Earth Tech Environmental recently went out to Clam Bay to conduct annual seagrass monitoring. Seagrass is an ecologically valuable resource because it helps stabilize the sea floor, provides food and habitat for marine organisms, helps maintain water quality, and supports local economies.
Can you spot the seagrass from the aerials below?
Our ecologists took to the water to visually determine the presence/absence of seagrass. Using a method called the Braun-Blanquet, the species type, abundance and density was quantified at set locations.
In addition to seagrass, a variety of marine critters were observed during the survey, lending to the value of seagrasses and their habitats.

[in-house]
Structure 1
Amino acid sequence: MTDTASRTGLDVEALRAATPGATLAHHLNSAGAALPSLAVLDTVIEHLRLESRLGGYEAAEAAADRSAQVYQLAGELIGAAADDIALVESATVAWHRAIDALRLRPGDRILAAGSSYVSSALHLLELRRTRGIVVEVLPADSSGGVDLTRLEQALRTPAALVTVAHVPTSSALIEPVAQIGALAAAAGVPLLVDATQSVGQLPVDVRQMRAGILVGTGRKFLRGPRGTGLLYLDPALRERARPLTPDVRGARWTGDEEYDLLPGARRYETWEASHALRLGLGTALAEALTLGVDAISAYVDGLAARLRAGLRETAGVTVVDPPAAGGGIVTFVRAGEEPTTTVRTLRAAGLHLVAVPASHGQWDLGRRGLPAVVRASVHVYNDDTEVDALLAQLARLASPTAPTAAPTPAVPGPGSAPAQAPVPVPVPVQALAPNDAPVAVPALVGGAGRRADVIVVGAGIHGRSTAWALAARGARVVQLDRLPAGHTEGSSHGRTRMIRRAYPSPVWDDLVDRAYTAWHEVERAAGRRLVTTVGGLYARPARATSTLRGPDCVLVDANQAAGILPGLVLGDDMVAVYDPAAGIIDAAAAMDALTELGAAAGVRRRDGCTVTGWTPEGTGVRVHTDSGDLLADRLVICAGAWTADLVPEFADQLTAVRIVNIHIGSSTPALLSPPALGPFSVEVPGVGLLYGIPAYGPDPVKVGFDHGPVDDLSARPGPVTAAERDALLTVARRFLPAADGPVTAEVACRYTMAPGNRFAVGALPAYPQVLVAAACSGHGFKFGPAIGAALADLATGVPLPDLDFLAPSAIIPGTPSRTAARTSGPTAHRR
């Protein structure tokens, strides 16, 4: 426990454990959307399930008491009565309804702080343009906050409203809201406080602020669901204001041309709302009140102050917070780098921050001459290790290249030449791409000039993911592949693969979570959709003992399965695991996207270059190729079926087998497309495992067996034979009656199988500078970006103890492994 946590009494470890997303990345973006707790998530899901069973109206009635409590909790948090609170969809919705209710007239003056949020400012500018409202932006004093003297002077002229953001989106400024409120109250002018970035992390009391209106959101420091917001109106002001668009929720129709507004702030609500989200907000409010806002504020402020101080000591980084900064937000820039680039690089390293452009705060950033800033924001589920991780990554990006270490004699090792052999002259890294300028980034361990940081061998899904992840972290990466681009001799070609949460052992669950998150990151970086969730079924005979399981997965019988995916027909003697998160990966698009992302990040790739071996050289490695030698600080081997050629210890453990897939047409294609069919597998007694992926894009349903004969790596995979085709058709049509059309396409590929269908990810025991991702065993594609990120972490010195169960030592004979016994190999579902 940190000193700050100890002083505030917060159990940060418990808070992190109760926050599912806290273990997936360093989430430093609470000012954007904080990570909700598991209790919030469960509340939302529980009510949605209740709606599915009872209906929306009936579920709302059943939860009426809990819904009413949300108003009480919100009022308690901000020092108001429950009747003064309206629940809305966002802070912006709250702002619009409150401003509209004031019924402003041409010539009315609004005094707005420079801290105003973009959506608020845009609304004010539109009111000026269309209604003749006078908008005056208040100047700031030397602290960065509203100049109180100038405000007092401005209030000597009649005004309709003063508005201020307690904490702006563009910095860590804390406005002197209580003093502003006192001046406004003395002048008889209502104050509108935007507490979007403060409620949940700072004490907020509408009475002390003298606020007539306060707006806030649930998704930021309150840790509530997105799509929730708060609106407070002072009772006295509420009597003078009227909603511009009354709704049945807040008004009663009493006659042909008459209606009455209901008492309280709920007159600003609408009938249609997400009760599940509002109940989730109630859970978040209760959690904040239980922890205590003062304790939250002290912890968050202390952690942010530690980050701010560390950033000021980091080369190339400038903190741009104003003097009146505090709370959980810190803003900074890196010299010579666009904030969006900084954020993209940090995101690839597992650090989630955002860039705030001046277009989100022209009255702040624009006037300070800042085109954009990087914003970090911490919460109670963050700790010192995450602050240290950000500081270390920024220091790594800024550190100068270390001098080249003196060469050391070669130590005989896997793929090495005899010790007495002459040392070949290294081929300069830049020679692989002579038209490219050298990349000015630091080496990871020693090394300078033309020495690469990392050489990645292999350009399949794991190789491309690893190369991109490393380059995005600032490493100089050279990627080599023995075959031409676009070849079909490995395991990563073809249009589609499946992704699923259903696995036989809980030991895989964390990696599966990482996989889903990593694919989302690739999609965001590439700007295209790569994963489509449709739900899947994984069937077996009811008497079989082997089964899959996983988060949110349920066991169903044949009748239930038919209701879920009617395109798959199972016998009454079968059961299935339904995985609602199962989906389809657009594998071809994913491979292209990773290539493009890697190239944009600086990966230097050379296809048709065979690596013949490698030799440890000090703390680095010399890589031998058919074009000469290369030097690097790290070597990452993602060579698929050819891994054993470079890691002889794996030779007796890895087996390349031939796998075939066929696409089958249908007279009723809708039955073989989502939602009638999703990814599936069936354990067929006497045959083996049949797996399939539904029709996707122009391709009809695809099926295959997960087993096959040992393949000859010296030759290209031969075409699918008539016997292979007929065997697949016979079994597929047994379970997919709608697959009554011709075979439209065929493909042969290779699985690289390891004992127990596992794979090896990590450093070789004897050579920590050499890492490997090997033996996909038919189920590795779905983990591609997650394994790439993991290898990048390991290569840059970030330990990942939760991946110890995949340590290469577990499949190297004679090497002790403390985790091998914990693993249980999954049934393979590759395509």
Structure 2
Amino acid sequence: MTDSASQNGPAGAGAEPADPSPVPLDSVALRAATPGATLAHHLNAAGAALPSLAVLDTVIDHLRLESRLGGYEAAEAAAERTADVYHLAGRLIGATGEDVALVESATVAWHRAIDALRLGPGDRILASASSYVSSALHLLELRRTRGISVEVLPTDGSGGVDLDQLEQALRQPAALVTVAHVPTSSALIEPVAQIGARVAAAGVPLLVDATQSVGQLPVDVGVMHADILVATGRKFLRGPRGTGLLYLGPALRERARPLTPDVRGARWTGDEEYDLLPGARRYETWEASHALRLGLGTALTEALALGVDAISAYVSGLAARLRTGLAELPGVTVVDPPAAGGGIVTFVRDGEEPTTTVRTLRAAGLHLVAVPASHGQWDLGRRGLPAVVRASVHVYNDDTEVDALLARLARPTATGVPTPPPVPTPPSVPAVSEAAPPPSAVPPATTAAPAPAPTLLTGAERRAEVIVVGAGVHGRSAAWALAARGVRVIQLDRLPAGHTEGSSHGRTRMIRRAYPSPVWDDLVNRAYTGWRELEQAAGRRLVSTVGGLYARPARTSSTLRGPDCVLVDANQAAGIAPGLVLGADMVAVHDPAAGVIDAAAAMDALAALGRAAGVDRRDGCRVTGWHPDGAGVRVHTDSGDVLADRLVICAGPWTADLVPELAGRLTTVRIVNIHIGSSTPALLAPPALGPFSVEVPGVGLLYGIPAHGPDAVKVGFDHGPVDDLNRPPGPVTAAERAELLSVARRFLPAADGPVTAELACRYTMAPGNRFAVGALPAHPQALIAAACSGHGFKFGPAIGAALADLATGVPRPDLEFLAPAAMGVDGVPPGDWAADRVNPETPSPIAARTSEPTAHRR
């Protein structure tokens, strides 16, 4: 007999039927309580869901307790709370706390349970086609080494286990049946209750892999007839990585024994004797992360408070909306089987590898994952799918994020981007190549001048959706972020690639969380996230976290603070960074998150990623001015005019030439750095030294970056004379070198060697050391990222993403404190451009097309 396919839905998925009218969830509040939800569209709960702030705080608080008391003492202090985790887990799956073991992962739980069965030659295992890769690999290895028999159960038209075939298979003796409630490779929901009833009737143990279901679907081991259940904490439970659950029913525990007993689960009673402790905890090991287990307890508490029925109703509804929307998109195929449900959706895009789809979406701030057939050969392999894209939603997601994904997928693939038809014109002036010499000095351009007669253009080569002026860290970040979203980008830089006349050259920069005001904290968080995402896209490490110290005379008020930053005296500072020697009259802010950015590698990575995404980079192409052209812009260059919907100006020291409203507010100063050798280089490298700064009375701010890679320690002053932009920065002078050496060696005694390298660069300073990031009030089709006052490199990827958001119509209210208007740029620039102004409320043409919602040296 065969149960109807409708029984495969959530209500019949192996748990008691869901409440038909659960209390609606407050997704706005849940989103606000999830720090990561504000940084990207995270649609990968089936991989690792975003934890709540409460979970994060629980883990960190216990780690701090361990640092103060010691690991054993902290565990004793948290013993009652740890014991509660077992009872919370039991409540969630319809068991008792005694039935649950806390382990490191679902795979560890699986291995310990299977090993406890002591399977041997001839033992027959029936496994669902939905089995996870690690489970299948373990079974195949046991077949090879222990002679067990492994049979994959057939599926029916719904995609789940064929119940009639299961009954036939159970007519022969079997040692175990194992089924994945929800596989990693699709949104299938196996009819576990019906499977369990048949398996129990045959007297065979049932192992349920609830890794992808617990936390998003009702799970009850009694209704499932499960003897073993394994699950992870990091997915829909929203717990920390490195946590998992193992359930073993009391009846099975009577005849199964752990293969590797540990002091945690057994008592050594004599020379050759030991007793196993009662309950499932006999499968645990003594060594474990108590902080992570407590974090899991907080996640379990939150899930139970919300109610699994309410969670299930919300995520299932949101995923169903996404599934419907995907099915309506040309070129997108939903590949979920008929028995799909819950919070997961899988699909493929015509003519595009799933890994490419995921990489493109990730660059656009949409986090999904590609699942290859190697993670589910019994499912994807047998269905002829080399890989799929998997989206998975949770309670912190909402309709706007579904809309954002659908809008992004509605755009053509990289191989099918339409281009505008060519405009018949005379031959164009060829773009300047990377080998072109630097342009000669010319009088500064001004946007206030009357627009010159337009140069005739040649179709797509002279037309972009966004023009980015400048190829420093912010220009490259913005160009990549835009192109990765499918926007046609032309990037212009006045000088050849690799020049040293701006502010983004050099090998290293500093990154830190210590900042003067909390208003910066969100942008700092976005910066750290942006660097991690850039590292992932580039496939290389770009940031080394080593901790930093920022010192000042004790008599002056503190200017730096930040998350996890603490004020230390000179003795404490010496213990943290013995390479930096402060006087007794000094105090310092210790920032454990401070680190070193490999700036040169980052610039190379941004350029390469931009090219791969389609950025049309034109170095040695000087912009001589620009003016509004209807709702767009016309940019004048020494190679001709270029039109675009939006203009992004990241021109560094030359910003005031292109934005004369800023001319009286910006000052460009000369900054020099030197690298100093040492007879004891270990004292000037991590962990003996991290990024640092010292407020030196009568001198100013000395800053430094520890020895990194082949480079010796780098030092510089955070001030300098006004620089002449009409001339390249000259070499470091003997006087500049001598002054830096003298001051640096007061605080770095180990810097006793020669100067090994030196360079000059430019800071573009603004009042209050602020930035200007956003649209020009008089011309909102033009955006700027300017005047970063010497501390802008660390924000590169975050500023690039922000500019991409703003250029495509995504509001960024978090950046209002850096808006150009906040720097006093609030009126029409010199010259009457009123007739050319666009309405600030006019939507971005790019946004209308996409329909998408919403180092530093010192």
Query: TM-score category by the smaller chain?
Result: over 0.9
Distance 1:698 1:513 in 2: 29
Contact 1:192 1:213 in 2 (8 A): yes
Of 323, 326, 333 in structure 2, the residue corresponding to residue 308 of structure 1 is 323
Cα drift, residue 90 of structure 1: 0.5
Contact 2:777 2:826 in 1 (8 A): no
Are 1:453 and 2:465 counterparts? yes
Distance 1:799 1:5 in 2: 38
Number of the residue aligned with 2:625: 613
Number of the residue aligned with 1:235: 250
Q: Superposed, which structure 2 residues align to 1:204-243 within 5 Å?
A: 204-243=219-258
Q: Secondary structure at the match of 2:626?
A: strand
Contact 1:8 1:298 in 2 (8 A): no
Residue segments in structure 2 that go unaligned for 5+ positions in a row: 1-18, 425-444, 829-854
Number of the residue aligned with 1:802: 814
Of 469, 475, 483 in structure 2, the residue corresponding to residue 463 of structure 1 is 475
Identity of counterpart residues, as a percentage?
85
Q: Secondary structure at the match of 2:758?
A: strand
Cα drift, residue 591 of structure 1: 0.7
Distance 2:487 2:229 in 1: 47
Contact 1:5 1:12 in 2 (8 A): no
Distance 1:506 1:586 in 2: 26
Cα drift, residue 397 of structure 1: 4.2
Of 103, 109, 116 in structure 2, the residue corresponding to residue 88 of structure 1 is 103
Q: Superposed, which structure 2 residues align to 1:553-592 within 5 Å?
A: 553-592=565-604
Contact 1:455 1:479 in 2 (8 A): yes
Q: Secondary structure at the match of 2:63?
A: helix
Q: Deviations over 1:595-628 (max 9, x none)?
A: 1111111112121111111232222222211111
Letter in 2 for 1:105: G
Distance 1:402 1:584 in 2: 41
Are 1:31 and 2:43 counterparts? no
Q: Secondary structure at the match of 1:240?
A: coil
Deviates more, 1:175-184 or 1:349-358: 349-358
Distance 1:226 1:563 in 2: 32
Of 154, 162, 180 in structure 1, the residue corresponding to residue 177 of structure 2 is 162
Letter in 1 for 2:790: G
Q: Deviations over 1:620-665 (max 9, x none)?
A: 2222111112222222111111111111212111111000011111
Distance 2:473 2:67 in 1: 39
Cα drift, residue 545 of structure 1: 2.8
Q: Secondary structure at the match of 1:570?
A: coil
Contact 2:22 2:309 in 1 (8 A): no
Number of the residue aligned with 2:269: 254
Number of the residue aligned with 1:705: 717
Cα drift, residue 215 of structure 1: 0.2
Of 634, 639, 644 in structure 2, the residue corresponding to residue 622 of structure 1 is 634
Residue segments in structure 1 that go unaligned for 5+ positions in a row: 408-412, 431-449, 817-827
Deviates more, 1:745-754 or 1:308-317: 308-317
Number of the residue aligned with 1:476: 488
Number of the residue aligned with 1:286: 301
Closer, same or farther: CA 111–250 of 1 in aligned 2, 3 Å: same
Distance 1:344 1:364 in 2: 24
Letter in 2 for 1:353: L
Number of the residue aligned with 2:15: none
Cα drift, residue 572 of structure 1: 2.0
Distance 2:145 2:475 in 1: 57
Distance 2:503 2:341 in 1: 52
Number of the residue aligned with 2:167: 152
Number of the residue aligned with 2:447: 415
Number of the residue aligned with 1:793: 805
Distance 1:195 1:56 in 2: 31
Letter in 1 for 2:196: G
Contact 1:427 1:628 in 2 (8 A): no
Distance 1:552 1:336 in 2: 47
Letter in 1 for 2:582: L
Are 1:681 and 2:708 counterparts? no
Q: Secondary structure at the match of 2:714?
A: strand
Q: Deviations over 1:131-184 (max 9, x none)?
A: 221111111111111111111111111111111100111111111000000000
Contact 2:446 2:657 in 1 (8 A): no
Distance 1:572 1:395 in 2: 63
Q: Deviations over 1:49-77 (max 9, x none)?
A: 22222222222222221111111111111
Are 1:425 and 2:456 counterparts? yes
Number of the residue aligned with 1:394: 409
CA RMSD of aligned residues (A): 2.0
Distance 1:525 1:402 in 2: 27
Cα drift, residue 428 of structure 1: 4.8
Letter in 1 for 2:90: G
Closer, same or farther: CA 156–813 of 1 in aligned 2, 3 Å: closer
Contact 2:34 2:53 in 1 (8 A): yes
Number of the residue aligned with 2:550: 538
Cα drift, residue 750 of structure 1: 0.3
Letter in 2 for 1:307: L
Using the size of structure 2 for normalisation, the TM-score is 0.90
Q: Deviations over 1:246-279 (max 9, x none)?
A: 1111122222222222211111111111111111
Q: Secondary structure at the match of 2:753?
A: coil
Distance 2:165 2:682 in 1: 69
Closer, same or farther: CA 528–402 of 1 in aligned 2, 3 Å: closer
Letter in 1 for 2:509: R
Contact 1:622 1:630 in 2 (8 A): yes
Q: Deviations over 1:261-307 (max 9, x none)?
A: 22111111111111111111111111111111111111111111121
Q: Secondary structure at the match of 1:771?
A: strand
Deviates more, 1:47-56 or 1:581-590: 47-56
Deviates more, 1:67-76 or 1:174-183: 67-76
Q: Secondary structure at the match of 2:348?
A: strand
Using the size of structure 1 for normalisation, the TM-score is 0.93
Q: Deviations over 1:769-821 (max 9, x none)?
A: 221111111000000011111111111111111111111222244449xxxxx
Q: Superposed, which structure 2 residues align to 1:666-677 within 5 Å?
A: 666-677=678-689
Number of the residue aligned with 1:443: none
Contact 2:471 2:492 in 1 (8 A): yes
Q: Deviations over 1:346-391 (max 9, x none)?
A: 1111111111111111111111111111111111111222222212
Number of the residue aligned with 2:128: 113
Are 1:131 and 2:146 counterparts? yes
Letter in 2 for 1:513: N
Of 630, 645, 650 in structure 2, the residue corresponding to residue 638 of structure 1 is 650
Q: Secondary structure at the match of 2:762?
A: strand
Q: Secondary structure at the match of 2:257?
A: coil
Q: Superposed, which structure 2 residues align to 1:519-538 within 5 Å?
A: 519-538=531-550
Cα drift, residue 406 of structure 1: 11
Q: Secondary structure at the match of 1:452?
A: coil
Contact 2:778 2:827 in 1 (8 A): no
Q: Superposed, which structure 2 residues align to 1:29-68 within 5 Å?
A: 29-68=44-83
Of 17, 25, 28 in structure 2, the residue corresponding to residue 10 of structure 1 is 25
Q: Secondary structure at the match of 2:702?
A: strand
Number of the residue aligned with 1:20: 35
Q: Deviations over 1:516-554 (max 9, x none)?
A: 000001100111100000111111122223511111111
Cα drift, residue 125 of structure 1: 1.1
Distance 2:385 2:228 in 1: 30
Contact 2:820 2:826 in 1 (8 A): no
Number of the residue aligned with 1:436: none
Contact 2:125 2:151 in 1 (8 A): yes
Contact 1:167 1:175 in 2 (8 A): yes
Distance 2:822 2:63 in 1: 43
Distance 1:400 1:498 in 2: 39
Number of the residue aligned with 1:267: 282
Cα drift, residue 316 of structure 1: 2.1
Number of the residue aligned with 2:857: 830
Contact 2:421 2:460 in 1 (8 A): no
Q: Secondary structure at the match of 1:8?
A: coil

The results of the seagrass survey dictate what, if any action should be taken. If there is an increase in seagrass, great, but why? What factors were different from last year? Was there a decline? Is it that the seagrass was slower in coming back this year? Have there been any natural disturbances the previous year, any human-made activities in the area?
Seagrass is ephemeral in nature, meaning coverage can change not only from year to year, but within the growing season, itself (June through September). For this reason, ongoing, long-term monitoring data is crucial to understanding seagrass ecosystems and how best to manage these valuable habitats.